Growing up in a Shiaa society in Iran, noticed a discrimination against dogs, as compared to other animals. Heard they are dirtier than other animals.(NAJES in Islamic term). Common belief in society was that their dribble in a dish takes seven times of repeat sand rub & wash.
Not dared to ask to have a dog as a pet…Absolutely out of question.
…., So, caring for a German Shepard dog, name GORGI (wolf) , with a confidant and close friend outside of the home was a secret.
Only Christians, Jews, non-believers or non practicing people had dog pets in my neighborhood, not us, the true believers!.
Later in life, Adult hood in America, learned same kind of beliefs is shared in Sunni world too. All Moslems have this stigma about dogs. They use it for herding sheeps, or security, but stigma is still there.
I saw a newspaper article, a Saudi prince, a practicing Moslem kept dogs to break the traditional hang up against them. A prince making a wake up call to me in that interview, while I never belived in any kingdom, specially Saudi’s.
Later I asked a Sunni clergy man weather shortage of green land and hence shortage of livestock & competition over whatever little and limited resources of early Moslems, could have created a friction and feeding competition in harsh Arabia’s desert environment.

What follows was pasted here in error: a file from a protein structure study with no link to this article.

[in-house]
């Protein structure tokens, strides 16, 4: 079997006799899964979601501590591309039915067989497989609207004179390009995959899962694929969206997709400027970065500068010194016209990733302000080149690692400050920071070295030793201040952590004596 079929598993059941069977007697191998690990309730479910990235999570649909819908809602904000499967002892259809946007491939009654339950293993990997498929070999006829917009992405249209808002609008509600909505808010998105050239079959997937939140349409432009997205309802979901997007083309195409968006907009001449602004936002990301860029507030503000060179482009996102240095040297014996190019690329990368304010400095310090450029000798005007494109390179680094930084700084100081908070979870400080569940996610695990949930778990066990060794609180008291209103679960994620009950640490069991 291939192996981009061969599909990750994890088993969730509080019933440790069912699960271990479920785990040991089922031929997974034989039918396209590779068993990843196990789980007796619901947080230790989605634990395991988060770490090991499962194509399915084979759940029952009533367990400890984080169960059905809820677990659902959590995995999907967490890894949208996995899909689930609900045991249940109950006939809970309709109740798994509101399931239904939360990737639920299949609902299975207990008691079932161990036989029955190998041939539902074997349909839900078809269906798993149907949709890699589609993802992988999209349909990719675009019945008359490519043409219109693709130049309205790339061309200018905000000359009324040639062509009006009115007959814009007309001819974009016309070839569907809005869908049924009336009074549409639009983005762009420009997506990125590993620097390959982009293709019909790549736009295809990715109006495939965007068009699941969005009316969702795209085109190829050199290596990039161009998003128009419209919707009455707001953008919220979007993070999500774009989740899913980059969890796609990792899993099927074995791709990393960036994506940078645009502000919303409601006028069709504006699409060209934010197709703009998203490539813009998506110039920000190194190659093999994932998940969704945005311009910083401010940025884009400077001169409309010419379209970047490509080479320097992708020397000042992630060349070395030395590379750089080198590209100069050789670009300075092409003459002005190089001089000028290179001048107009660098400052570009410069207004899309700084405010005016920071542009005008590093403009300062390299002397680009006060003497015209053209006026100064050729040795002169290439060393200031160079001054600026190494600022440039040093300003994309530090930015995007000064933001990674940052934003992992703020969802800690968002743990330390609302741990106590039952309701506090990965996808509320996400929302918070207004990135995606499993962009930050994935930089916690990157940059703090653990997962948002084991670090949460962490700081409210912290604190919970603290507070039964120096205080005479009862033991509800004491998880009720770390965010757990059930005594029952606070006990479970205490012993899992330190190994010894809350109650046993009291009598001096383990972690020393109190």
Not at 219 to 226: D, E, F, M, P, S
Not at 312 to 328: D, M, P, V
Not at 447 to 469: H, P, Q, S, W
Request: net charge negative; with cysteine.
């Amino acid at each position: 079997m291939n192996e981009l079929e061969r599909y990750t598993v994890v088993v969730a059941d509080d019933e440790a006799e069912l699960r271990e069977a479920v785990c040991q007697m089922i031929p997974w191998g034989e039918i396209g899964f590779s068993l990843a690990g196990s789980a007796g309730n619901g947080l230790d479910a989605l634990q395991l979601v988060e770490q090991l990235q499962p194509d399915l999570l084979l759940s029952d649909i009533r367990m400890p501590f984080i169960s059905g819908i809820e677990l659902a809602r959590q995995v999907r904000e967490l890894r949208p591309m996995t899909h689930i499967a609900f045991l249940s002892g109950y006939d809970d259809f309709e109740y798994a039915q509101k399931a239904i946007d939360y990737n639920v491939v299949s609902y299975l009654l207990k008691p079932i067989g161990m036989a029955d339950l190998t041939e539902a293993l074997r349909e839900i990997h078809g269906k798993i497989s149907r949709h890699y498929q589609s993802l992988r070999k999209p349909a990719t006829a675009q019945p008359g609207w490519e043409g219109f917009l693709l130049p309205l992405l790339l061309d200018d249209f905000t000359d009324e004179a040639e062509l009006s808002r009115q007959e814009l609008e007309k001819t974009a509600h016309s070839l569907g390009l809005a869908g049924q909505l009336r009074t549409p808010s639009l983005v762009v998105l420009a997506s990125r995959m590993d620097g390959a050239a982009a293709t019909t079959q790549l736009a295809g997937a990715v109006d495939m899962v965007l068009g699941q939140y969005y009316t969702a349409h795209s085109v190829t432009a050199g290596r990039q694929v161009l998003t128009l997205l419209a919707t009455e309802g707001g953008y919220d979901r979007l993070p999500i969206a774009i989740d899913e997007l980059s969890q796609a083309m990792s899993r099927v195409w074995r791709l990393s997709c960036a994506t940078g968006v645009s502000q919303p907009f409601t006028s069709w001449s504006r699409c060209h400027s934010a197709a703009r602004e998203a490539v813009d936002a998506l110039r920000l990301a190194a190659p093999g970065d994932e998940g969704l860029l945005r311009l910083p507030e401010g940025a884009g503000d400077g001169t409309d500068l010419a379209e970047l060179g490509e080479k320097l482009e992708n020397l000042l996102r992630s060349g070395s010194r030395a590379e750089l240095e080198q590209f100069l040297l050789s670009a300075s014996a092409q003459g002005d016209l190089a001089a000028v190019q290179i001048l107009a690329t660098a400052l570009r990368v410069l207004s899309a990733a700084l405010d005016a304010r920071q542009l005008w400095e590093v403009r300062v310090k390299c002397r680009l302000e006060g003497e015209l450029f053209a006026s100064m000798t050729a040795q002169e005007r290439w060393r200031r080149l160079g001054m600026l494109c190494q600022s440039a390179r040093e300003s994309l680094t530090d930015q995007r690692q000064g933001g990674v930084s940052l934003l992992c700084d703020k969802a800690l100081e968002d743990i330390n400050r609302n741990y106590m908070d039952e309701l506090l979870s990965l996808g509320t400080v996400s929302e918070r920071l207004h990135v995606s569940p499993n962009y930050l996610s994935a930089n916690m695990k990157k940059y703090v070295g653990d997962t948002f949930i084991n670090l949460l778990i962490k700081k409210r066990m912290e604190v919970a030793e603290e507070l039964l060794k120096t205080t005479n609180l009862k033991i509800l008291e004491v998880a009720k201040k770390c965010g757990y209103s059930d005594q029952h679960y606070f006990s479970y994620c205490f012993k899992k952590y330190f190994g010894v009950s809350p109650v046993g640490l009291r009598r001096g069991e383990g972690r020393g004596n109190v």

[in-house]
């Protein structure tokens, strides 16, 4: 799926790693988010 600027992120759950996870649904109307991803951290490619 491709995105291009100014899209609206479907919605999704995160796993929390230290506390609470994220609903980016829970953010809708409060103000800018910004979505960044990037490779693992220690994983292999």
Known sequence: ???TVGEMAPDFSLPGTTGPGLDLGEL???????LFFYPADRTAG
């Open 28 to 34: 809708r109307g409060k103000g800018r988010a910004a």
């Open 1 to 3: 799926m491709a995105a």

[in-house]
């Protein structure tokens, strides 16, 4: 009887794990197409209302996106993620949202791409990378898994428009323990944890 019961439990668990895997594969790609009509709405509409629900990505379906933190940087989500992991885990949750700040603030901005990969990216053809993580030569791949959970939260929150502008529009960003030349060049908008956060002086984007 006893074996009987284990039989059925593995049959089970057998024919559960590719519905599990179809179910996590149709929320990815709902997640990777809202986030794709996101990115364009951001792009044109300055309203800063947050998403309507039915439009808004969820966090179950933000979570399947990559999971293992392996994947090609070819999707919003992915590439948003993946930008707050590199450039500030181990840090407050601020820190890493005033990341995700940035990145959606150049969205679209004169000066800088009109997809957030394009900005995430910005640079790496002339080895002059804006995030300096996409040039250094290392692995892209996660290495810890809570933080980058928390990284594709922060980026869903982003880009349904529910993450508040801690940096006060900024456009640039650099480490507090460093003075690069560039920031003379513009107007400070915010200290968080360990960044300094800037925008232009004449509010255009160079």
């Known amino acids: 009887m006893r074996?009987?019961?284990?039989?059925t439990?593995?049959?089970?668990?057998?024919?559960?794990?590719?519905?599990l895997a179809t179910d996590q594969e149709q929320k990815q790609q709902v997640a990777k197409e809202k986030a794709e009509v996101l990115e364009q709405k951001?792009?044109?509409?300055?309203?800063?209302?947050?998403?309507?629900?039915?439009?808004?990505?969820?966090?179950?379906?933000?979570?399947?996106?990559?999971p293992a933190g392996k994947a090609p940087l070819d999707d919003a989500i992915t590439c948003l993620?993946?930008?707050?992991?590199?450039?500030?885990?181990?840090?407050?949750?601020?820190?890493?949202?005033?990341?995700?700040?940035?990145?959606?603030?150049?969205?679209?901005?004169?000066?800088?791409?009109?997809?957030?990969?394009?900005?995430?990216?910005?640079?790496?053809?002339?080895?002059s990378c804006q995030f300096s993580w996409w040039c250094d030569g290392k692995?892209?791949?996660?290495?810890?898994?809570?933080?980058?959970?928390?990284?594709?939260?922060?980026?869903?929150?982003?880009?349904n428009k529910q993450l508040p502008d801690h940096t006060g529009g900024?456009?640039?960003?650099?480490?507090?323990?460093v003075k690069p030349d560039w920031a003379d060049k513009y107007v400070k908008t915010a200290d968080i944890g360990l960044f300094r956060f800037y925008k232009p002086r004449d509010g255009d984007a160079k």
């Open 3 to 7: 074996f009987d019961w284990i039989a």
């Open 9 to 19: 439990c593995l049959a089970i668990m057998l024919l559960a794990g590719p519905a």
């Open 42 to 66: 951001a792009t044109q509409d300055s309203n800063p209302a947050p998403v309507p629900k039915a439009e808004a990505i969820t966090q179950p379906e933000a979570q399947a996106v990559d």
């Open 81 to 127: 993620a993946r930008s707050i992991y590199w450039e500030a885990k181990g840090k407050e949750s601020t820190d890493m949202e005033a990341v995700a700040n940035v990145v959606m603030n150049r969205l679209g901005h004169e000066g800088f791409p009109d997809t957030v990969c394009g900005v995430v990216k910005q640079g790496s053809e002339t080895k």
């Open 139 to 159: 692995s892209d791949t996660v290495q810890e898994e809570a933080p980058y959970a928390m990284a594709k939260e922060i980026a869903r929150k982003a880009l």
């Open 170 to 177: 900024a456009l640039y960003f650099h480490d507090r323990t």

Naturally he did not answer that question.
There is nothing in Quran that makes any animal dirty or Najes in Islamic term.
Even pigs are not NAJES. Forbidden to eat their meat, just like the old testiment.
There is only one Ayah in Quran remotely related. It is about hunting dogs and their hunt being Halal if they are alive and the hunter has the time for proper slaughter. Dog trainers have a somewhat positive notation about them because in it there is acknowledgements that God has given them a special talent and prevaillage to teach the dogs on how to hunt animals.
If you are a fan of Cesar Milan, “Dog whisperer” show, you will notice that he understands dogs and communicates to teach them, you’d agree that is a talent only some have.
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